WIN THIS DOLL!!

WIN THIS DOLL!!
CIVIL WAR GIRL AND HER DOLL

Tuesday, November 26, 2013

After the doll show in Washington DC was over, we did some sightseeing.  I have always wanted to see the First Ladies Exhibit at the Smithsonian, and it was fabulous!  This picture is of one of Mary Todd Lincoln's gowns, made by her dressmaker and personal confident, Elizabeth Keckley. It is purple velvet, with all seams piped in white satin.  It consists of a skirt, and bodice.  Actually there were two bodices, one for day and one for evening.  Also pictured is the Lincoln china used during their administration. 

NEW LITTLE ONES

Happy Thanksgiving everyone!  We are experiencing very cold weather for Mississippi and may even have snow flurries in the AM!  This is good weather to stay indoors and make dolls.  Here are some pictures of some of the smallest dollies I have made; this size is being made exclusively for some dealers in Ohio.  They are 10 1/2" tall, and dressed in antique fabrics from the Civil War era.  Their heads are paper clay over cloth, and the bodies are cloth stuffed with wool.  Then, they are oil painted.  These were really fun for me to make, as I am used to making larger dolls.  And, much easier for me to make after a trip to LensCrafters for some new glasses so I can see the tiny details!! 


 
 
 
 
I love how this little gal's outfit turned out.  The pinafore really added a great touch!  The beautiful solid oak armoire behind her was made by my wonderfully talented husband, who has been working with me to make furniture and room settings for my dolls. 
 
 
 
 
 
 
 

Another dress style with the antique fabrics.  She is enjoying her little Christmas tree with an antique lamb toy.
 
 
 
 
 
 These two little mulatto girls are dressed in outfits typical of the 1850's and 1860's.  Most of the dresses were all hand-sewn.

 



Tuesday, October 8, 2013

"MISS ELIZABETH WINTHROP"


Finally, a bit of cool weather has descended upon us here in the South!  It was actually chilly this morning at about 49 degrees, but will get up into the high 70's this afternoon. Perfect!! 

Just wanted to show you my latest doll, already safely in her new home in California.  She is named "Miss Elizabeth Winthrop" and I envision her as being a New England "spinster" from the 1860's. 

 
 
 
 
 
 
She is about 20" tall.  Her body is cloth and her head is sculpted of paper clay, then oil painted.   Her dress is made of silk taffeta and silk dupionni, her bonnet has antique lace and her boots are hand-made of fine brown leather.
 
 
 



 
 
 
 
 



Saturday, September 28, 2013

New EBay listing


Good evening everyone.  Just wanted to let you know I have added another doll to be sold on EBay starting tomorrow morning, 9/29/13.  "Emma Florence" is a one of a kind cloth and clay Izannah Walker type doll.  She comes with her own little sewing kit and pincushion.  Just type in "Izannah Walker dolls" in the search bar to find her!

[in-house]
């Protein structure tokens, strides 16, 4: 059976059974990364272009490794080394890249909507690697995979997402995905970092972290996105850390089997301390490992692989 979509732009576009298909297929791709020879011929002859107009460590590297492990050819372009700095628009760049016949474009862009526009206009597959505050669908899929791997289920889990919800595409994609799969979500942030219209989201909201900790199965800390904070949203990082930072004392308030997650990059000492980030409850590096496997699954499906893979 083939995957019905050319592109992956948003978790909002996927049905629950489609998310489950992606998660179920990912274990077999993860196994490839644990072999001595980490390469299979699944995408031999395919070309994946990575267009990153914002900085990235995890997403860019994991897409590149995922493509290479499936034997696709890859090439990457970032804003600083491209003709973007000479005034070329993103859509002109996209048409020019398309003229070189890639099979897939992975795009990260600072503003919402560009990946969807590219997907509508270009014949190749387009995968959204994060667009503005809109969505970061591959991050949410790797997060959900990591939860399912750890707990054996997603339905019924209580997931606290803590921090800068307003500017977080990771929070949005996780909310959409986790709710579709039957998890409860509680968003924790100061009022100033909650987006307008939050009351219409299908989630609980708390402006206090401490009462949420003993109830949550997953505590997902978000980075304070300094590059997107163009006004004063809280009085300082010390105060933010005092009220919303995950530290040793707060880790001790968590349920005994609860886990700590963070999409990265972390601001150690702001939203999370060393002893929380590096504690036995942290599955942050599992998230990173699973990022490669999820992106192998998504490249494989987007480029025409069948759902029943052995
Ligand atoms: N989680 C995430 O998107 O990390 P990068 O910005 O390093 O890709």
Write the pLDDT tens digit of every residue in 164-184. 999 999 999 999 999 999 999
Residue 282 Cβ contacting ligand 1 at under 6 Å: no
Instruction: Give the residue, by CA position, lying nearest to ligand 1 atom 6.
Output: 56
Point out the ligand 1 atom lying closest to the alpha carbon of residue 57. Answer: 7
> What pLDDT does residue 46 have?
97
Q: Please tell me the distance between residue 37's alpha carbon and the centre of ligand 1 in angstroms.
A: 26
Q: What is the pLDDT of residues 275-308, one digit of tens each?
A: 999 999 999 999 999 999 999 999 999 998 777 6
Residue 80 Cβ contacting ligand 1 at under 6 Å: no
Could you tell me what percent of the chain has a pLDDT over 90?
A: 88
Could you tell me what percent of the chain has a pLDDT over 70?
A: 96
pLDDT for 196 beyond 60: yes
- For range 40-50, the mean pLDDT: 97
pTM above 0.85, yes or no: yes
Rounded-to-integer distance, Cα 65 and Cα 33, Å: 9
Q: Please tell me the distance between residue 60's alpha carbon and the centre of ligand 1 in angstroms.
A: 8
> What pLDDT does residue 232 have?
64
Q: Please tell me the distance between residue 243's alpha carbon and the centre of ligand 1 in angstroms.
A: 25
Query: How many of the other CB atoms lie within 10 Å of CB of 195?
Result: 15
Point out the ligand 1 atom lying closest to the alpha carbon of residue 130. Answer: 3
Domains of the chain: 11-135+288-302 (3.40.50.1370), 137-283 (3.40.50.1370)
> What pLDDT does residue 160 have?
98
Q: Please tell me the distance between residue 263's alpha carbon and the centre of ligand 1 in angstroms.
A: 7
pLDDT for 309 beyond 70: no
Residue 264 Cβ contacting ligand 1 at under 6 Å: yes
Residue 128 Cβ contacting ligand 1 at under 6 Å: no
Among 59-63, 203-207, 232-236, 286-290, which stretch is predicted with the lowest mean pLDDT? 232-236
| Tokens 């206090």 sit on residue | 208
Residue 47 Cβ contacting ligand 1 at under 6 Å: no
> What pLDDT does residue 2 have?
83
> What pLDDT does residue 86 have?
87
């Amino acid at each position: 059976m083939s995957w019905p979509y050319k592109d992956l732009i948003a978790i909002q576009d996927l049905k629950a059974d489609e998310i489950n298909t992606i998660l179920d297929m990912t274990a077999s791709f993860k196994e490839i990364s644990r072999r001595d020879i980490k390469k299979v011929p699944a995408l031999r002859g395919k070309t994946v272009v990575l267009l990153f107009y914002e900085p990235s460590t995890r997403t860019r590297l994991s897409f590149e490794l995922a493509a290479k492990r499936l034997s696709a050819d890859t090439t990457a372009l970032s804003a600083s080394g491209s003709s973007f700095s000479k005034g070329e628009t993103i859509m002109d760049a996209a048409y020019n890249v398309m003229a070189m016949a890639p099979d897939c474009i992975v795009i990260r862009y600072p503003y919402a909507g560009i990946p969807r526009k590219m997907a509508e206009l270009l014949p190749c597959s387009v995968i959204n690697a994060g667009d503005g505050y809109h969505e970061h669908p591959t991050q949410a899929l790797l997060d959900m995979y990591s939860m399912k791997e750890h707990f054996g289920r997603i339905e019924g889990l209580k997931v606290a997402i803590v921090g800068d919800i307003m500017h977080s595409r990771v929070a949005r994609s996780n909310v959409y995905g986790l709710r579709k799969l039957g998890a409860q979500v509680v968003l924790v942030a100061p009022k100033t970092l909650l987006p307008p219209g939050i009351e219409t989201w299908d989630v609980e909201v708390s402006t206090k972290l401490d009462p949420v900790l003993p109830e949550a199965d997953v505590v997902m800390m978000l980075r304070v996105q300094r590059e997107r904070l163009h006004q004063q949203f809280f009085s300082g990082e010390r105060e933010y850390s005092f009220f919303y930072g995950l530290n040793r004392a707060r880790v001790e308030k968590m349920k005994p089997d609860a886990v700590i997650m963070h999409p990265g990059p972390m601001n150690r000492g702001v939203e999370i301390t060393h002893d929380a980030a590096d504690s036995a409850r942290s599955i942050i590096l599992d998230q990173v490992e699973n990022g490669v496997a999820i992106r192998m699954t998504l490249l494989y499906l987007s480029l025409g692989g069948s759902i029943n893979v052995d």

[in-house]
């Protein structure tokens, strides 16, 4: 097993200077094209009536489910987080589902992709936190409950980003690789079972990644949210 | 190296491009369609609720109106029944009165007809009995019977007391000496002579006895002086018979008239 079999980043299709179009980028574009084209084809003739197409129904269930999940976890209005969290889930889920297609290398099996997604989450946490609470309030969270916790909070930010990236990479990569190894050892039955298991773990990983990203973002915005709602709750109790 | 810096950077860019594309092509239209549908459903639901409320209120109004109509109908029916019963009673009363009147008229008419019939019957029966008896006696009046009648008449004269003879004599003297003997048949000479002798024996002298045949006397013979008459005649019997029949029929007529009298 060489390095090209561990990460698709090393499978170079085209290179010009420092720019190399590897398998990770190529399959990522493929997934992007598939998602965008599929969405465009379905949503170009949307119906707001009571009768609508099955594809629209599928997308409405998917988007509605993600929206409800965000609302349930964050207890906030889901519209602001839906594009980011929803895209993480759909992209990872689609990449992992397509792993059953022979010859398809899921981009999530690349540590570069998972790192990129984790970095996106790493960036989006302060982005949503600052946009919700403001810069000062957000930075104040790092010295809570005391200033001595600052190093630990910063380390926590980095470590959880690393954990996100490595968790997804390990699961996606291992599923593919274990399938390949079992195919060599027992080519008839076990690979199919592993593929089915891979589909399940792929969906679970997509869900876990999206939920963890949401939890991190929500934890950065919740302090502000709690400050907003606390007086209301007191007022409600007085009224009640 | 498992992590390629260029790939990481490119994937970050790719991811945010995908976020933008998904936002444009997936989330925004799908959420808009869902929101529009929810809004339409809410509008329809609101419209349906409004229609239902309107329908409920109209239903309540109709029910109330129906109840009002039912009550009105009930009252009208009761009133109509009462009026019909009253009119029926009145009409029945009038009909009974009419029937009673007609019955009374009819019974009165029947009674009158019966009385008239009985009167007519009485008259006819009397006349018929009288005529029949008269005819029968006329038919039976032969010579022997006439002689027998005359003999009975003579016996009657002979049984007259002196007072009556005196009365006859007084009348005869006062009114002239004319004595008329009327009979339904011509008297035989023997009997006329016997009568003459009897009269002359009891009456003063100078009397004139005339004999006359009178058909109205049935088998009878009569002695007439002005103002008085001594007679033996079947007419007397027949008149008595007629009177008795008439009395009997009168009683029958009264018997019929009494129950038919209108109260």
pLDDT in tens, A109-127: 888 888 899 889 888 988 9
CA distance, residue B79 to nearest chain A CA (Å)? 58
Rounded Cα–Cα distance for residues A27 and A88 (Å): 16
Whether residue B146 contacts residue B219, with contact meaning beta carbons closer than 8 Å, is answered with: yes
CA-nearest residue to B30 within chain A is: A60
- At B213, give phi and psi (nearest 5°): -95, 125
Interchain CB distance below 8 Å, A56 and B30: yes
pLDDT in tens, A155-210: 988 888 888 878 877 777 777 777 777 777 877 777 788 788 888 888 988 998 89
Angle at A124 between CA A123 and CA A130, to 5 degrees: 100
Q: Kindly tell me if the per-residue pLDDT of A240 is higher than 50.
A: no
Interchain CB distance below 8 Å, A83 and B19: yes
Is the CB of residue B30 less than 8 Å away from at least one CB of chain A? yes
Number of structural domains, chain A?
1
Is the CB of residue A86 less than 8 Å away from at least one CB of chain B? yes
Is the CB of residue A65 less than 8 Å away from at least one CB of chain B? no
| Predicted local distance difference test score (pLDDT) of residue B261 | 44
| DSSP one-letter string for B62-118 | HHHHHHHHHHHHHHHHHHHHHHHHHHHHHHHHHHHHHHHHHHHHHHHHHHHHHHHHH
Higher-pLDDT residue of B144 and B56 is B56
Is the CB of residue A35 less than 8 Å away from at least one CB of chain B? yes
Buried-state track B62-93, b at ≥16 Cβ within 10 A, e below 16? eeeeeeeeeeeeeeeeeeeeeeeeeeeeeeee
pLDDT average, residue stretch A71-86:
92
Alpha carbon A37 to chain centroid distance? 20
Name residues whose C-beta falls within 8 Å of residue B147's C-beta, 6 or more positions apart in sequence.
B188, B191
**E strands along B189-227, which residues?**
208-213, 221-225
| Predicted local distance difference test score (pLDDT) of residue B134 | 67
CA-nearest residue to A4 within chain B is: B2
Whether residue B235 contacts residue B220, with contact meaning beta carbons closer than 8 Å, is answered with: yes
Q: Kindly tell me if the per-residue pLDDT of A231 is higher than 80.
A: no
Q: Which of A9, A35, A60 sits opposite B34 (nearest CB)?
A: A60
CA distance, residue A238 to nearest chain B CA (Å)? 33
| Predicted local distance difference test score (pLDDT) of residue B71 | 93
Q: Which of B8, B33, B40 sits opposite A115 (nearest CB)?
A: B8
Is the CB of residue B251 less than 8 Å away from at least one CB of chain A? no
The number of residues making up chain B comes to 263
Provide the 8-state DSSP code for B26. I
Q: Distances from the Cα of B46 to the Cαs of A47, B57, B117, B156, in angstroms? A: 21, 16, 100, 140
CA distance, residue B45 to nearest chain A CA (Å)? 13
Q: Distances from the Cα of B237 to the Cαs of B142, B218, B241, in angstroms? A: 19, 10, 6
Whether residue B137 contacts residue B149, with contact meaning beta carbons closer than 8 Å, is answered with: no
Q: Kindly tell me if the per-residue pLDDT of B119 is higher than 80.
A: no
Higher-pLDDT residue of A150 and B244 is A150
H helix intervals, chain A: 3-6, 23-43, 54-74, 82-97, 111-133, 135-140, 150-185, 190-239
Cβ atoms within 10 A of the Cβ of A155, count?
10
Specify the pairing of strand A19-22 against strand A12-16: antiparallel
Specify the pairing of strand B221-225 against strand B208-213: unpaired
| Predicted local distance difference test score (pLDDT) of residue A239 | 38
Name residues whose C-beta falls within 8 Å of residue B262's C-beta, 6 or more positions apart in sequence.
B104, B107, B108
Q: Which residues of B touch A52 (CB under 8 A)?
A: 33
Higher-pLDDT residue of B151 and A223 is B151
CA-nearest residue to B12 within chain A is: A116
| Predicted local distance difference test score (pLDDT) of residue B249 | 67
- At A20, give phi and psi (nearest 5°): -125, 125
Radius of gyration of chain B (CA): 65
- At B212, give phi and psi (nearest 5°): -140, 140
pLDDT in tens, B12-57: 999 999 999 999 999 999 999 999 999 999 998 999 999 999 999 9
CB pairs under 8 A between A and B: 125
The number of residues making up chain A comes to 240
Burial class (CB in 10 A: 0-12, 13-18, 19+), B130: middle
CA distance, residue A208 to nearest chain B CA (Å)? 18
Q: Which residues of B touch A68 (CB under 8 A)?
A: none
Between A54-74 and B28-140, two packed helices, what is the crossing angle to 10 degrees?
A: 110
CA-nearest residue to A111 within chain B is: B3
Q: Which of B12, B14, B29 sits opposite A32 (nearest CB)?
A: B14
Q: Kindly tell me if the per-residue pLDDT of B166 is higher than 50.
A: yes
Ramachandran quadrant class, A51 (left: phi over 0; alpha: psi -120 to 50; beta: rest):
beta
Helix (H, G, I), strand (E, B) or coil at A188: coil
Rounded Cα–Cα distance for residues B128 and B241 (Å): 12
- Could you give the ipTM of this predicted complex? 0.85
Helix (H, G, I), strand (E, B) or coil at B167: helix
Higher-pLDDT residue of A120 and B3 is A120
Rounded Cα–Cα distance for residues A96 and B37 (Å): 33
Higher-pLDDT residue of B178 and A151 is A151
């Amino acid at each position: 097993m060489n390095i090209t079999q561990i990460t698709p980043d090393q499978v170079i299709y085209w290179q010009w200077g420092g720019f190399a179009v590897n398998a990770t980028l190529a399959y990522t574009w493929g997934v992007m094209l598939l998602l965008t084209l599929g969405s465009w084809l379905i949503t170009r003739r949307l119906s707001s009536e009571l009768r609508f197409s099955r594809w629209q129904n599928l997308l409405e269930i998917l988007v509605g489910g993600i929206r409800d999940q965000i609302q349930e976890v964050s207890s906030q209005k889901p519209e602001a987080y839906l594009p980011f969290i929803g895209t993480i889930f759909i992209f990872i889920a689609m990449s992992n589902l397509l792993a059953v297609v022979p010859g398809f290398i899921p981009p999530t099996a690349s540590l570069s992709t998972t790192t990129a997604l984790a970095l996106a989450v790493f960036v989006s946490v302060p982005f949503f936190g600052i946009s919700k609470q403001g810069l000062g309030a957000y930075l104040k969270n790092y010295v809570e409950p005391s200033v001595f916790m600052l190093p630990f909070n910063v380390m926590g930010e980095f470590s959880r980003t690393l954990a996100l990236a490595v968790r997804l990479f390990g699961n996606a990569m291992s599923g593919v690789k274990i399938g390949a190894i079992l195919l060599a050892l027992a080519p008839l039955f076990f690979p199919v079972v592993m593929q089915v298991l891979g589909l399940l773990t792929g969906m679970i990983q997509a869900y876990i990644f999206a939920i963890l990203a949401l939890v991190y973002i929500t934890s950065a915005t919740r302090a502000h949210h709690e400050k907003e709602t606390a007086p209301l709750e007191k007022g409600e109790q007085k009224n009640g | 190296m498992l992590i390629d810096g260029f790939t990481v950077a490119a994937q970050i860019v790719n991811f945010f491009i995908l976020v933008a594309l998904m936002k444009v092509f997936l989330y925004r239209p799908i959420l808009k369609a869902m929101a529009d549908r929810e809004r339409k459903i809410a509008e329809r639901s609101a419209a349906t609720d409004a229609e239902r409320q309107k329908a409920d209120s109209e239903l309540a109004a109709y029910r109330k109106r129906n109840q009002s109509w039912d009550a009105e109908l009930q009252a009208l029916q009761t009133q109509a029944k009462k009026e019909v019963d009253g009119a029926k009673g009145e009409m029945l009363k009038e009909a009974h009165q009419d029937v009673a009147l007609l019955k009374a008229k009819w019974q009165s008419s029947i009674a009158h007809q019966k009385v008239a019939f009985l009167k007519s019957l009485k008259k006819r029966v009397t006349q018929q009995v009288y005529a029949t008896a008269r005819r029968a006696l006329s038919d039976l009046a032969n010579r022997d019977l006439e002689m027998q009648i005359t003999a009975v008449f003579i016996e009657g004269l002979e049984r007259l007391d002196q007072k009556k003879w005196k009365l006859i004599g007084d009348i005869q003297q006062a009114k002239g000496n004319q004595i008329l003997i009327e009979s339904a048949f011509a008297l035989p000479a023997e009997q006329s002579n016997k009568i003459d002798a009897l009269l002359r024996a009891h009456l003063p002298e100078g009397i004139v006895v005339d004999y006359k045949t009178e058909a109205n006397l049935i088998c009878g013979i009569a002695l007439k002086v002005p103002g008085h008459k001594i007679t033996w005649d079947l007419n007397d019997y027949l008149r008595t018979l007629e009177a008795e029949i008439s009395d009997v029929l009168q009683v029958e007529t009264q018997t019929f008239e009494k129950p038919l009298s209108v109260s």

Ju

Thursday, September 19, 2013

New EBAY listing

Hi everyone!  Things are getting back to normal after the big show!  I am working on some special orders that I took while there, and am already starting to plan new dolls.  I have listed a great doll, her trunk and accessories on EBay.  She's an Izannah Walker type, 20" doll with two extra outfits, a little "pocket", an antique child's book and a vintage trunk to store her treasures.   To see her on EBay, you can type in "Izannah Walker dolls" in the search window and it will come up.  Her name is Isabelle, and I hope she can go to a new home soon. 





Monday, August 5, 2013

Latest Dolls

Well, the big show is finally over, and it was a wonderful experience. It is always great to meet other doll people and make new friends.  It is exhausting, but worth every minute!   Here are some pics of some of the dolls I made for the show, and I can happily say that most of them have already gone to new homes.  The compliments I received on my work means so much to me as an artist, and I thank all my repeat customers and new ones! 
  As we are in the midst of the sesquicentennial of the Civil War, all the dolls I made for the show were in keeping with that theme. Some were based on real people in history; others were created by me to represent those who would have lived at that time. 
   The first doll I want to share with you is probably my favorite.  She is based on a real person from that era--Sarah Ballou.  Several years ago, PBS ran a wonderful series on the Civil War, and they read the most beautiful letter from a soldier to his wife. His name was Major Sullivan Ballou from Rhode Island, and he wrote Sarah this letter one week before he was killed at the First Battle of Bull Run. She did not receive it until after his death.  If you can, get on-line and look up this letter. I warn you, however, make sure you have a box of Kleenex around when you read it because it is so beautiful and sad you will never forget it.  This is my interpretation of Sarah, in mourning for her beloved husband.  She is cloth, with facial features sculpted of paper clay and oil painted.